09 • 21 • 2020
From Net Patrol to Nurdle Patrol - Surfrider Chapters Take Cleanups Up a Notch
Beach cleanups are a great tool to gather data and give us a clear picture of what’s ending up on our beaches. But what if you want to take the wide angle of beach cleanups and focus your efforts towards a specific goal? Some areas of our coastlines are more impacted by certain items and the activists on the ground have come up with targeted programs to address their regionally-specific pollution issues. We wanted to share some of the ways people have taken beach cleanups up a notch to tackle the plastic pollution that most plagues their regions.
Net Patrol, Surfrider Kauai
“Thousands of pounds of plastic pollution annually wash ashore in the Hawaiian Islands, mostly from commercial fishing operations, with fishing nets being one of the biggest culprits. While nets wash up along all of the islands, Kauai receives a particularly high number. Situated out in the middle of the Pacific, the island is also on the front row of plastic pollution coming from the North Pacific Gyre.
In 2007, we launched the ‘Net Patrol’ program in response to these tangled masses of ropes and lines, many weighing over 1,000 pounds. Removing them is physically demanding work, often requiring hours of digging, cutting, dragging, and hauling the nets. If left on the beach, these net masses can wind up back out to sea where they can entangle fish, monk seals, and turtles, or ensnare coral heads. It’s important to get to the nets before the next high tide so the chapter maintains a hotline for people to call when they see one.
Our chapter’s program has grown to include more than 275 annual cleanups by working with local organizations, businesses, schools and resorts. Together, our team of volunteers clean ten of the most polluted windward beaches on a rotating basis. In 2019 alone, 3,200 volunteers removed 107,215 pounds of marine debris from Kauai’s shoreline, with nets consisting of more than half of the debris. Other common items include buoys, plastic fishing bins, tires, plastic 55-gallon drums and pallets. All of this is made possible by a strong, dedicated network of volunteers who go out daily to clean the beaches.” - Cynthia Welti, Chair, Kauai Surfrider Foundation
Nurdle Patrol, Surfrider Texas Coastal Bend
“We do a lot of normal beach cleanups, but searching for nurdles puts you on a different scale, right down near the sand. It feels kind of like a treasure hunt, but eventually you remember that you're finding evidence of gross industrial pollution instead of treasure. One unique Nurdle Patrol I went on was on San Jose Island with Jace Tunnell, who started nurdlepatrol.org. After traveling to the tip of Florida and back, and stopping at numerous places along the way, it became clear that guy has a good eye for nurdles!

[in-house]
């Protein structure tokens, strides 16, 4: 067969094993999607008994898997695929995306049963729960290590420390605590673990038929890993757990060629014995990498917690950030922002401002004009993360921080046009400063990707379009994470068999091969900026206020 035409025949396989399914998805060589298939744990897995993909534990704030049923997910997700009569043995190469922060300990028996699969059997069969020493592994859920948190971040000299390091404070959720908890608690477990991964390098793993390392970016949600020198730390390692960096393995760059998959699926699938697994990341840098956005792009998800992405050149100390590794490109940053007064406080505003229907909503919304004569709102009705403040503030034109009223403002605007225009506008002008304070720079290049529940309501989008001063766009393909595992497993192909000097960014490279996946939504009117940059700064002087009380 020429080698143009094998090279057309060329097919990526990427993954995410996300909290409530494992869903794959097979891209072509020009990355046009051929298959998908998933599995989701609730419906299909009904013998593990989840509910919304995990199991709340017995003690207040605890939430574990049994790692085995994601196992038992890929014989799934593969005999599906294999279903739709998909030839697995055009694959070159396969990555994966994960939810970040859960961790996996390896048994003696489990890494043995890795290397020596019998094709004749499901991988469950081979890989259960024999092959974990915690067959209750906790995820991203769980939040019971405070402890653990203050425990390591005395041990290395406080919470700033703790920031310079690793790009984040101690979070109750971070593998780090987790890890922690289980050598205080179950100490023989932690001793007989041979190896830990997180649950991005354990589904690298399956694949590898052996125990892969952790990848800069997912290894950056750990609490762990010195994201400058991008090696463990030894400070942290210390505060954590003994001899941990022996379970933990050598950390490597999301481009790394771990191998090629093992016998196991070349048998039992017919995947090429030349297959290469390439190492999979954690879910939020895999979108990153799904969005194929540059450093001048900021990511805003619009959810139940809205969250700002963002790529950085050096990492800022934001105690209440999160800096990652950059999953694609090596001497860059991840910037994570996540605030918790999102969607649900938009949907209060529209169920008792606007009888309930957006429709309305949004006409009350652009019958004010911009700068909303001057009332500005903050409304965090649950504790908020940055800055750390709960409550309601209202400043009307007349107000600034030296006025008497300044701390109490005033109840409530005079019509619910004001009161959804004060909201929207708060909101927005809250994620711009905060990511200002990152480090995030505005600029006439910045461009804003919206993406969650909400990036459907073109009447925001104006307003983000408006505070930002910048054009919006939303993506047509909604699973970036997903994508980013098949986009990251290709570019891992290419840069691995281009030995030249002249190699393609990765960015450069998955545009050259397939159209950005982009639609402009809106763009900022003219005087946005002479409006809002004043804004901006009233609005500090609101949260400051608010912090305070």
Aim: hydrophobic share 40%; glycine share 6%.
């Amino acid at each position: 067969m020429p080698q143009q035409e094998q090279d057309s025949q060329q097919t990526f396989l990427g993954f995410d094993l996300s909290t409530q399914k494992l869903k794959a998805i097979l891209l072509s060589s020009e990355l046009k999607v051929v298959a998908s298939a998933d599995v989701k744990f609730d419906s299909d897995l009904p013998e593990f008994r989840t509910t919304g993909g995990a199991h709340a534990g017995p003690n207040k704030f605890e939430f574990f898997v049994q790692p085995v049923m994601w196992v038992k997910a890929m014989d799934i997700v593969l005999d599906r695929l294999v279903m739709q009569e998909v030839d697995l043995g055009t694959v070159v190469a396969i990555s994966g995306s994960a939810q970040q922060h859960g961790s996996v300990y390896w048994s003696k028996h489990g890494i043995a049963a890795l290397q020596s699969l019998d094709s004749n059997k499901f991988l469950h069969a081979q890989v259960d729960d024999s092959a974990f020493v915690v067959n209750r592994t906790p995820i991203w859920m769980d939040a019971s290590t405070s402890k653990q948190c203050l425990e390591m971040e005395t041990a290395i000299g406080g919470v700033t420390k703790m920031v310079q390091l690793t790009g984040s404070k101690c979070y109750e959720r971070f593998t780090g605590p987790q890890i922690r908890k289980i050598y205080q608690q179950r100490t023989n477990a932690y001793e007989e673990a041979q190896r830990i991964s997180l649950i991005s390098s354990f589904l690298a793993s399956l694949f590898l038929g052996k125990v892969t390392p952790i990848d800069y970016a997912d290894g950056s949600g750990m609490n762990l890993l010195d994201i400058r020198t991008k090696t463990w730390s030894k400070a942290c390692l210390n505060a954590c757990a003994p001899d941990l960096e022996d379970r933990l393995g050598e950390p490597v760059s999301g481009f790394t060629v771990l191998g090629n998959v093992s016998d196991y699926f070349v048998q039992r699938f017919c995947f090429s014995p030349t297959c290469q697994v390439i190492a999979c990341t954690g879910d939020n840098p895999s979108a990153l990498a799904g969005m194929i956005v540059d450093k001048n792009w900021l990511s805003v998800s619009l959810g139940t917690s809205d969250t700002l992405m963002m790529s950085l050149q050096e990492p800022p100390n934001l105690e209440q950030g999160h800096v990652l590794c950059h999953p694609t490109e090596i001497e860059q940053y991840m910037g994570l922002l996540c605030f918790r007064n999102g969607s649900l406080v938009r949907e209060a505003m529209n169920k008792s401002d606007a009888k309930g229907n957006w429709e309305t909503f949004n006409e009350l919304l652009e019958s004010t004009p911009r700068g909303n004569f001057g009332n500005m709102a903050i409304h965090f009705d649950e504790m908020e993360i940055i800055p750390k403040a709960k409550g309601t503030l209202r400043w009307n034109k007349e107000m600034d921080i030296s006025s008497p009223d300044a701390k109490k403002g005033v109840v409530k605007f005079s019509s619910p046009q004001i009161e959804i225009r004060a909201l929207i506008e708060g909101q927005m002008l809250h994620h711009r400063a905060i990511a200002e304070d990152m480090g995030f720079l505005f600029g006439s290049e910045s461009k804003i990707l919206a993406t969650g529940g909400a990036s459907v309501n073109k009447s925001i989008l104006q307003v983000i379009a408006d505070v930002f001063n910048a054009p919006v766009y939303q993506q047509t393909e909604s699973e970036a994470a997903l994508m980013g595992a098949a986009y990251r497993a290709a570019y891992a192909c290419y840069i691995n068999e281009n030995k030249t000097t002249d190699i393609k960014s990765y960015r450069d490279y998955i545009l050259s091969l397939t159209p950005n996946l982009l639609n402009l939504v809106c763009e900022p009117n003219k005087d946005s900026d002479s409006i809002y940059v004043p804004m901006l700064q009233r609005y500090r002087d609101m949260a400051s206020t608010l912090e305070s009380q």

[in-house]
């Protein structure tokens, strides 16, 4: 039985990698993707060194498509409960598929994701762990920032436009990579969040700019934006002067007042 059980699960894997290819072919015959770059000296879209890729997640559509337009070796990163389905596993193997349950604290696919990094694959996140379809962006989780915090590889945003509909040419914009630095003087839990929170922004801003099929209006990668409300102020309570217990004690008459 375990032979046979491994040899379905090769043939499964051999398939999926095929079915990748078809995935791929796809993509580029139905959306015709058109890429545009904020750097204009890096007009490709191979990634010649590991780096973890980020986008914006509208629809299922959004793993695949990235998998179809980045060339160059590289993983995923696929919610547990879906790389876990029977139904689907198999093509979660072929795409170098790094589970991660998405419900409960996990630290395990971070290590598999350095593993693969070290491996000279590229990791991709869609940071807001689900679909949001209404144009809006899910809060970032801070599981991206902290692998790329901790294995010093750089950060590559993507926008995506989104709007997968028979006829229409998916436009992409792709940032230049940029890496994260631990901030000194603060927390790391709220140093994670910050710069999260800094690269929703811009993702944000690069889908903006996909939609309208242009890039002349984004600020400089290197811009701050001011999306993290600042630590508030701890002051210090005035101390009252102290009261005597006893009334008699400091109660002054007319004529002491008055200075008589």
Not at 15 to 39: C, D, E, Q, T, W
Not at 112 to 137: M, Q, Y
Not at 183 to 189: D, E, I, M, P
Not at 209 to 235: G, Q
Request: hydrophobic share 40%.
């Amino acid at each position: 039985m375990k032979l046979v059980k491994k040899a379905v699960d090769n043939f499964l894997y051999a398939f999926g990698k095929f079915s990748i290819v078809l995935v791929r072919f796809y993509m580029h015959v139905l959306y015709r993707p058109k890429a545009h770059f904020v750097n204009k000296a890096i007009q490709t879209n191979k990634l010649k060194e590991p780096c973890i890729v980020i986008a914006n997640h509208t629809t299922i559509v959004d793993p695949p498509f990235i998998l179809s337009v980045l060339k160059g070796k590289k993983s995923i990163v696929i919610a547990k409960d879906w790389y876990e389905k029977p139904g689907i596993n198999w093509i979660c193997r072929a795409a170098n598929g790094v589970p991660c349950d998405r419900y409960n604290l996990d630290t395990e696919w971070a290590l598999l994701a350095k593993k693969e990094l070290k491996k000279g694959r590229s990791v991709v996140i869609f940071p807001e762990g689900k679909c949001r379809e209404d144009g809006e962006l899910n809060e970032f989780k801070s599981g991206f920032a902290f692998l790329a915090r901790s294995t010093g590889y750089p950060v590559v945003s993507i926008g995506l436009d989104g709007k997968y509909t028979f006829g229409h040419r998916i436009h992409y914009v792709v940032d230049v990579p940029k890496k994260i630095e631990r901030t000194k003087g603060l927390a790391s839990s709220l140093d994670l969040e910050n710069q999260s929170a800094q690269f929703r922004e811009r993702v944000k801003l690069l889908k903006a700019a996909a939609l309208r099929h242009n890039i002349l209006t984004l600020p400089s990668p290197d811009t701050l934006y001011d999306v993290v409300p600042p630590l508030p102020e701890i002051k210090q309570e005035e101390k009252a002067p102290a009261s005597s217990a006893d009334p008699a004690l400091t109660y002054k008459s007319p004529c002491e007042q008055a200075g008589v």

One thing I can say is that when you start looking for nurdles along the high tide line on Coastal Bend beaches, it's unusual not to find them. Sometimes, you'll find five of them in 10 minutes of searching, but other times it's 50 or more. It's really sad to think about all the shorebirds, crabs, fish and sea turtles that might also be finding them and mistaking them for food.“ - Neil McQueen, Vice Chair - Texas Coastal Bend Chapter, Surfrider Foundation
Hold On To Your Butt, Surfrider Ventura County
“The Ventura Chapter Hold On To Your Butt (HOTYB) program aims to raise awareness about the environmental impact of cigarette butt litter on our oceans, waves and beaches, and to help eliminate cigarette butt litter in Ventura and beyond. Our program is heavily focused on the installation of ashcans, recycling of cigarette butts, and collection of cigarette waste at beach cleanups. Cigarette butts accounted for 59% of items collected in 2016 and thereafter has continued to be the most prevalent type of trash picked up during our beach cleanups. On average, 3,500+ butts are collected at cleanups each month. Often littered on our sidewalks and streets, they end up in our storm drains and ultimately the ocean. We began installing ashcans around the City of Ventura with the help of partners and sponsors in late 2016. As of September 2020, there are 95 ashcans located in Ventura. We also have 2 in Oxnard and 2 in Port Hueneme.
We have no lack of sponsors for the program, however, our biggest challenge is the need for volunteers to help maintain and empty the cans. To date, we have collected 408,528 cigarette butts through our program! All of the cigarette butts that are collected in our ashcans and at beach cleanups are then recycled through Terracycle’s cigarette waste recycling program. Most recently, The Cigarette Surfboard took 15,000 of our cigarette butts for their Campaign.” Juli Marciel, Rise Above Plastics Coordinator, Ventura County Chapter, Surfrider Foundation
This International Coastal Cleanup month, we challenge you to get out to your local beaches and perform a solo cleanup. Log your findings with Surfrider’s data card and input your results at cleanups.surfrider.org. You can track the most common items you’re finding during your cleanups and you might just be inspired to take it a step further by hosting a brand audit. Break Free From Plastic has trainings and resources to help you determine the most common brands on your beaches. This detailed information can help hold producers accountable for their plastic impacts. Use your data to bring awareness to your regional plastic pollution issues and push for change in your community today!